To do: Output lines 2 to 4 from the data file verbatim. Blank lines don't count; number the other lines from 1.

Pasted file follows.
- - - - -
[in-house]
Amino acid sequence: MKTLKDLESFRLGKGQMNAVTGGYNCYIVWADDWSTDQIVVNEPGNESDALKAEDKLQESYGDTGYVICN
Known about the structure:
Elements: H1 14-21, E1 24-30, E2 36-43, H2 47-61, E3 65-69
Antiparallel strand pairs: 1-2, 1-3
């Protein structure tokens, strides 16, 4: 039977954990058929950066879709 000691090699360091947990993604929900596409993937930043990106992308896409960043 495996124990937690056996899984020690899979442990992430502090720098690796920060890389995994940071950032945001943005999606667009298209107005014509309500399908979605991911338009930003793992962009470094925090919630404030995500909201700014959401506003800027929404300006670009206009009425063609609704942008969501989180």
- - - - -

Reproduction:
Amino acid sequence: MKTLKDLESFRLGKGQMNAVTGGYNCYIVWADDWSTDQIVVNEPGNESDALKAEDKLQESYGDTGYVICN
Known about the structure:
Elements: H1 14-21, E1 24-30, E2 36-43, H2 47-61, E3 65-69